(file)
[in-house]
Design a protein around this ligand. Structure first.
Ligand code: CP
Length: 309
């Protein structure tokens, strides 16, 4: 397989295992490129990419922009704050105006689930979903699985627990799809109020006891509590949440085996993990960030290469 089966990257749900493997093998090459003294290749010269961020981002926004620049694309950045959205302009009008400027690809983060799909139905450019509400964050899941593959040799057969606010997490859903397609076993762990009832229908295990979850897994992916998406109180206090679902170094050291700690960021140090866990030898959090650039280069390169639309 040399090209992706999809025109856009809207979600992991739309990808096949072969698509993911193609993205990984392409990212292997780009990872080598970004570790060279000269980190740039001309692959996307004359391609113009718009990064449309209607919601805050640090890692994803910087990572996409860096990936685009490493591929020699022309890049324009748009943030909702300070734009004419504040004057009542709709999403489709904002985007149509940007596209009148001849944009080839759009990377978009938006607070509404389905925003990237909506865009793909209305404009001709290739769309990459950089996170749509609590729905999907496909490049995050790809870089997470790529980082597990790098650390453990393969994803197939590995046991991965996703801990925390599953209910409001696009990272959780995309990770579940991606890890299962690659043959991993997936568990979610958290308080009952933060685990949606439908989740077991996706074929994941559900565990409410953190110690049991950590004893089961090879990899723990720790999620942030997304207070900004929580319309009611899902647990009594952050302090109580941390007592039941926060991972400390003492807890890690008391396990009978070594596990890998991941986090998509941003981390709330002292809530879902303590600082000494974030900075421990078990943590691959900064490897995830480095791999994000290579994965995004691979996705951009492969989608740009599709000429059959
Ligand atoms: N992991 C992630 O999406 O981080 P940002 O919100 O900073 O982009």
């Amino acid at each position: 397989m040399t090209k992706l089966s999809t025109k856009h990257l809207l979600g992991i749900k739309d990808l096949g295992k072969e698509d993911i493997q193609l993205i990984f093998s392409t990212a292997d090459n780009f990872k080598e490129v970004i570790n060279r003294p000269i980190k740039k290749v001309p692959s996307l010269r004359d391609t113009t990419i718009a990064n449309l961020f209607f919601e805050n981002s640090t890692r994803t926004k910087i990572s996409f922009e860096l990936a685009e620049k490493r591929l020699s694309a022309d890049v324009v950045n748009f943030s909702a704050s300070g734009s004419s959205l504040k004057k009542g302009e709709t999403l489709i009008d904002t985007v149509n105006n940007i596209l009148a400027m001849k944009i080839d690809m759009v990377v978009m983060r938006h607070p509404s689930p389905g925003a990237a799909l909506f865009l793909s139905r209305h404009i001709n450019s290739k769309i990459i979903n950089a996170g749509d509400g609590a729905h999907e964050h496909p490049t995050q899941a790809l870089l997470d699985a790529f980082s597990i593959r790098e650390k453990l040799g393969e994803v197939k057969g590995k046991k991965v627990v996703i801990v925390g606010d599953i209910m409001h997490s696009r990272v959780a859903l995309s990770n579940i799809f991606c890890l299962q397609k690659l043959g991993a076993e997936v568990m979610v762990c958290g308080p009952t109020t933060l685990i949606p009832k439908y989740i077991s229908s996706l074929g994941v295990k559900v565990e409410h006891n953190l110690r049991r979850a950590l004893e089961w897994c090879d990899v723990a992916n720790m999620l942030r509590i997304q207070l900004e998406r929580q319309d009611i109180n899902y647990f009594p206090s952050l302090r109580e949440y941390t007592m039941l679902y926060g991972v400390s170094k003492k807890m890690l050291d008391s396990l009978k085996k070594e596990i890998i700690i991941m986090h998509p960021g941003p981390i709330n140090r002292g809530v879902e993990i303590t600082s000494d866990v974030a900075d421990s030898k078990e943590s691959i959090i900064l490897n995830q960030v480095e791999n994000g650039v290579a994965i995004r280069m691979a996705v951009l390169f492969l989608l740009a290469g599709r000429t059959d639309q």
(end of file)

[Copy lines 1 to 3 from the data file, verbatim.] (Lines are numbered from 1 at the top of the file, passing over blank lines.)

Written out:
[in-house]
Design a protein around this ligand. Structure first.
Ligand code: CP